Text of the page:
Simple Hand Laceration? I think not!

Imagine you are working a busy shift in the ED when you pick up this patient with a hand laceration.  Simple laceration, right?  Just some quick sutures and out the door, right?  Well thats what happened with this patient at an out-of-state ED.

This photo was taken several hours after the patient arrived home.  The patient was discharged with a prescription for keflex.  Do you notice the redness starting around the wound?  The patient went to the ER again, was started on IV clindamycin, and the sutures were removed.  What happened here?  Why did this simple hand laceration become almost immediately infected?

The initial photo is pretty classic.  This is a “fight bite.”  Here’s a few things to remember about treating a “fight bite.”

1.  Often times patients will not be honest about how they sustained the laceration out of fear of legal ramifications.  If you see a laceration over the knuckles, treat it as a “fight bite.”

2.  I would recommend xray for fracture or foreign body.

3.  These lacerations need irrigation with copious (at least 300cc) saline (or tap water.)

4.  Thorough examination for tendon involvement

5.  These wounds should not be closed primarily.  24-48 hour recheck should be mandatory.

6.  Antibiotic of choice is Augmentin 875mg twice a day for 7-10 days or clindamycin 450mg three times a day PLUS one of the following:  ciprolfoxacin (500mg twice daily), levofloxacin (750mg once daily), moxifloxacin (400mg once daily), or bactrim DS (two tabs twice daily.)

7.  Often times, I will give the patient a dose of IV antibiotics in the ED prior to discharge.  What are other people’s take on this?  I have no literature to support this.  I definitely would recommend giving at least the first dose of oral antibiotic in the ED prior to leaving.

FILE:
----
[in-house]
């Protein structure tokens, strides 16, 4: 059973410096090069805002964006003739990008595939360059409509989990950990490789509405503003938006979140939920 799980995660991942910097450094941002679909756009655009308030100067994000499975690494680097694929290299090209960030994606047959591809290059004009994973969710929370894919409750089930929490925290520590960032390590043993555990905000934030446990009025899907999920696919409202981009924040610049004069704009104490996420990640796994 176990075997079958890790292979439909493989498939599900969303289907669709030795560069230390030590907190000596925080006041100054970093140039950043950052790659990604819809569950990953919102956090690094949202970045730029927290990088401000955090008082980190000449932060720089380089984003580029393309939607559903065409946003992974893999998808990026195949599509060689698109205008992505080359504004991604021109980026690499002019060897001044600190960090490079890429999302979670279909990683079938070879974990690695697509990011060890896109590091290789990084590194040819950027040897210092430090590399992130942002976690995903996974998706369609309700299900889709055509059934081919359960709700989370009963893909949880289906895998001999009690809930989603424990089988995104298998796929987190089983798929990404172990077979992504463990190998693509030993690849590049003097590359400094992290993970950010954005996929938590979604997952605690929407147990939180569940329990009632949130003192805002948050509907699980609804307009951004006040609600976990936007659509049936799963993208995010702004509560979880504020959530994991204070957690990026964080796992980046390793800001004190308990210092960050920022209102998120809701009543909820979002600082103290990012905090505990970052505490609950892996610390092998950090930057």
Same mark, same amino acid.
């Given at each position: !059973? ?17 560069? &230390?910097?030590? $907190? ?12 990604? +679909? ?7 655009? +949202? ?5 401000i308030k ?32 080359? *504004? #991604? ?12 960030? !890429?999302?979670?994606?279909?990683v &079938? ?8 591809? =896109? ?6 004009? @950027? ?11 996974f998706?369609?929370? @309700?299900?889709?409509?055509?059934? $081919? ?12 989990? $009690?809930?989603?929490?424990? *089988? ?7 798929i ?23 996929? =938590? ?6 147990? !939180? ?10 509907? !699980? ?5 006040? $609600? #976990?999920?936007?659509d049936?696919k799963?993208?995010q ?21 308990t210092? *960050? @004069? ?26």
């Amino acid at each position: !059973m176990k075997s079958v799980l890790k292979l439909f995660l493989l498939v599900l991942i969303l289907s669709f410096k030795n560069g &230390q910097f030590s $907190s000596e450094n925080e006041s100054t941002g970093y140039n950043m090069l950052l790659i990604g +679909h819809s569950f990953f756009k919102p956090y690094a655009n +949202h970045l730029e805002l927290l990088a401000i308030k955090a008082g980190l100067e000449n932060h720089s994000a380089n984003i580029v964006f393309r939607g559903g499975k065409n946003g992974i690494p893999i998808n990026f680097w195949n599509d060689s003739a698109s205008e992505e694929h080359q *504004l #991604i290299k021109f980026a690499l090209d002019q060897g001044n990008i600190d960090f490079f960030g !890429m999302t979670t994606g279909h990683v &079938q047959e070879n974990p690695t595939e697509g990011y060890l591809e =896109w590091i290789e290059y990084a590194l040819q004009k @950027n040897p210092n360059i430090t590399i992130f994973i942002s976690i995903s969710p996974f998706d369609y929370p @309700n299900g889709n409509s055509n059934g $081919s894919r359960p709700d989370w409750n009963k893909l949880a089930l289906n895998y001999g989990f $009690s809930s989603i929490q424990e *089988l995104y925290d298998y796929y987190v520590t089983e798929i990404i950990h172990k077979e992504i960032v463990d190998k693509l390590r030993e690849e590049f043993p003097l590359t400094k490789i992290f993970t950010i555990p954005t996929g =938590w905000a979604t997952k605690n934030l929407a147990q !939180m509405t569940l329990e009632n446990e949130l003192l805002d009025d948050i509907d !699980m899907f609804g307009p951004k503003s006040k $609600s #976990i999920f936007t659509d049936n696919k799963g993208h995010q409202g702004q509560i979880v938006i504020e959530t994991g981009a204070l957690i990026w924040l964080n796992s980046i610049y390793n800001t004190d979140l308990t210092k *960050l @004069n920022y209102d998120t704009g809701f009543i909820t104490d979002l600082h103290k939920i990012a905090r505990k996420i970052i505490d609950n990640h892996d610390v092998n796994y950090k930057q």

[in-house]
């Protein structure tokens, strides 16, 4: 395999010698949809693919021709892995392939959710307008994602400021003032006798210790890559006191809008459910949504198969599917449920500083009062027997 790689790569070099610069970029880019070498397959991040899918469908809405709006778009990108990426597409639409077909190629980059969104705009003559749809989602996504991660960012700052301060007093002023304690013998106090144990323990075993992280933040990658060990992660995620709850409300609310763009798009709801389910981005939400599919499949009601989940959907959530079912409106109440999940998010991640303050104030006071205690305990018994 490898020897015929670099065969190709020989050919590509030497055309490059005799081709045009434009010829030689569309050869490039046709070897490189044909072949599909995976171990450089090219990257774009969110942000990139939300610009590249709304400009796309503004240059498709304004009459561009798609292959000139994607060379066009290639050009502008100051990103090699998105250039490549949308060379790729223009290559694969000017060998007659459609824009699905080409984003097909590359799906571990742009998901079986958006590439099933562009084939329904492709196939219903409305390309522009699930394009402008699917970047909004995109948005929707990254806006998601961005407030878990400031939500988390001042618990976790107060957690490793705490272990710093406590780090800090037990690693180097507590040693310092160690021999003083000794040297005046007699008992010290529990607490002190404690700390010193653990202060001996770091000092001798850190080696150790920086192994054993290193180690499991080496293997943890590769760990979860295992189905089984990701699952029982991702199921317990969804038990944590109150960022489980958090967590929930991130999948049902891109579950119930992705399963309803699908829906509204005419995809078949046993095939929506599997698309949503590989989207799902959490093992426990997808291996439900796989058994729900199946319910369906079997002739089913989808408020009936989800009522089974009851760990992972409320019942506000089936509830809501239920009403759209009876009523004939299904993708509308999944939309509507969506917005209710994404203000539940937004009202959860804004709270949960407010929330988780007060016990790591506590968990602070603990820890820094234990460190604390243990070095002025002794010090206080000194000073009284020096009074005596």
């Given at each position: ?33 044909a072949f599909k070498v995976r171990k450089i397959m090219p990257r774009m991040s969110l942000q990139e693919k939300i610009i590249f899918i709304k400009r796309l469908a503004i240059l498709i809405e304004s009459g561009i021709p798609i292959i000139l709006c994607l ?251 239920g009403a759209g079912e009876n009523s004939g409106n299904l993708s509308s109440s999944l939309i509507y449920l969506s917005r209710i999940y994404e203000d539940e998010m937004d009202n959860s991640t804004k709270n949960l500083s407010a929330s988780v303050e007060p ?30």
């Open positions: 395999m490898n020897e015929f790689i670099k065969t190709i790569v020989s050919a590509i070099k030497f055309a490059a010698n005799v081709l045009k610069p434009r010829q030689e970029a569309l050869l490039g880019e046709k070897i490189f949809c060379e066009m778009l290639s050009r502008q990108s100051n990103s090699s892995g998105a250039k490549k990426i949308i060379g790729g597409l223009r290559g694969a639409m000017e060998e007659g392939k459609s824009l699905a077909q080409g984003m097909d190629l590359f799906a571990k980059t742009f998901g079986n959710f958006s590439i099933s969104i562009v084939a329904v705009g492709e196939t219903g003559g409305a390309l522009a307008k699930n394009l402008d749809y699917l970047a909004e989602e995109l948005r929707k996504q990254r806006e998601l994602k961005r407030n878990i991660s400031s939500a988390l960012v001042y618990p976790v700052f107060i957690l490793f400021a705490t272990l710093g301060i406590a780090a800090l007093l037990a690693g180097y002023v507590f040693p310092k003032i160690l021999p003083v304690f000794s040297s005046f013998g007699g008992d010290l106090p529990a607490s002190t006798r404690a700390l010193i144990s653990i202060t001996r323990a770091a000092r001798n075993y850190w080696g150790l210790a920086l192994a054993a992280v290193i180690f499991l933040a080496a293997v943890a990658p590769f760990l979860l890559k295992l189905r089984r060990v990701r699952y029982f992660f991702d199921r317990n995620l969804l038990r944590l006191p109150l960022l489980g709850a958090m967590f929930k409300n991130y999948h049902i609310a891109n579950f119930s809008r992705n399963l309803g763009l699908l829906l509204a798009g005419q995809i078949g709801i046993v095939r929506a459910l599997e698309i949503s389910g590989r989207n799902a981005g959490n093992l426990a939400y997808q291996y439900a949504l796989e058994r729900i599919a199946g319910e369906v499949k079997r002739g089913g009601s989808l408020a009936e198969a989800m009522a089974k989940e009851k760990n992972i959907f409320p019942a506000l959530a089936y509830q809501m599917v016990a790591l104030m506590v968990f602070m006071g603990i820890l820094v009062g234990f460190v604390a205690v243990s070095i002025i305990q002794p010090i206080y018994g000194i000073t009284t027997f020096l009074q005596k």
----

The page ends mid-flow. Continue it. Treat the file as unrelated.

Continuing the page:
The patient did well.  After the IV antibiotics, the patient was discharged on Augmentin.  There was no long-term impairment of function.

5 thoughts on “Simple Hand Laceration? I think not!

  1. I don’t necessarily treat all of these as fight bites. I do, of course, have a very clear discussion with the patient, stressing that I

    a. won’t judge them and don’t really care if they were in a fight, but
    b. will treat their wound very differently if they were (making sure to elaborate about the likelihood and seriousness of infection–hospital admission, OR, etc).

    Then I document the conversation.

    My reasoning is that if it isn’t a fight bite primary closure is the simplest, most logical course of treatment. Treating all of these wounds as though they were fight bites (keeping in mind that hitting a wall or some other inanimate object doesn’t count) leads to unnecessary ED visits and unnecessary antibiotic use (with unnecessary side effects, which for many of these antibiotics aren’t trivial). I also believe that the patient has to take some responsibility for their health care and I give them multiple opportunities to come clean.

    Agree with everything else you said about fight bites, with the possible exception of IV antibiotics for everyone. Certainly, I will if the wound is several hours old or if there are any signs of infection. Otherwise, I give them a po dose in the ED and discharge with a prescription. And the point about a thorough tendon exam (good light, bloodless field, exam through a full range of motion) is worth repeating–for all hand/wrist injuries.

  2. I usually do what Travis said, explaining to them why I need to know if it was a “fight bite”.

    These cases are scary to me as I have read couple bounceback-type “case reports” which were written up to illustrate their high risk nature both from an outcome and legal perspective. As such, I have been making my patients get rechecked the next day at least in the ED.

    Oh, and don’t forget about tetanus!

    1. I don’t use IV antibiotics. I can’t imagine their is any evidence supporting this and I think it would be quicker to just give augmentin and discharge the patient…make room for the next fight bite.

  3. In my part of the world, ALL of these go to a hand surgeon. Keeps the hand surgeons busy.

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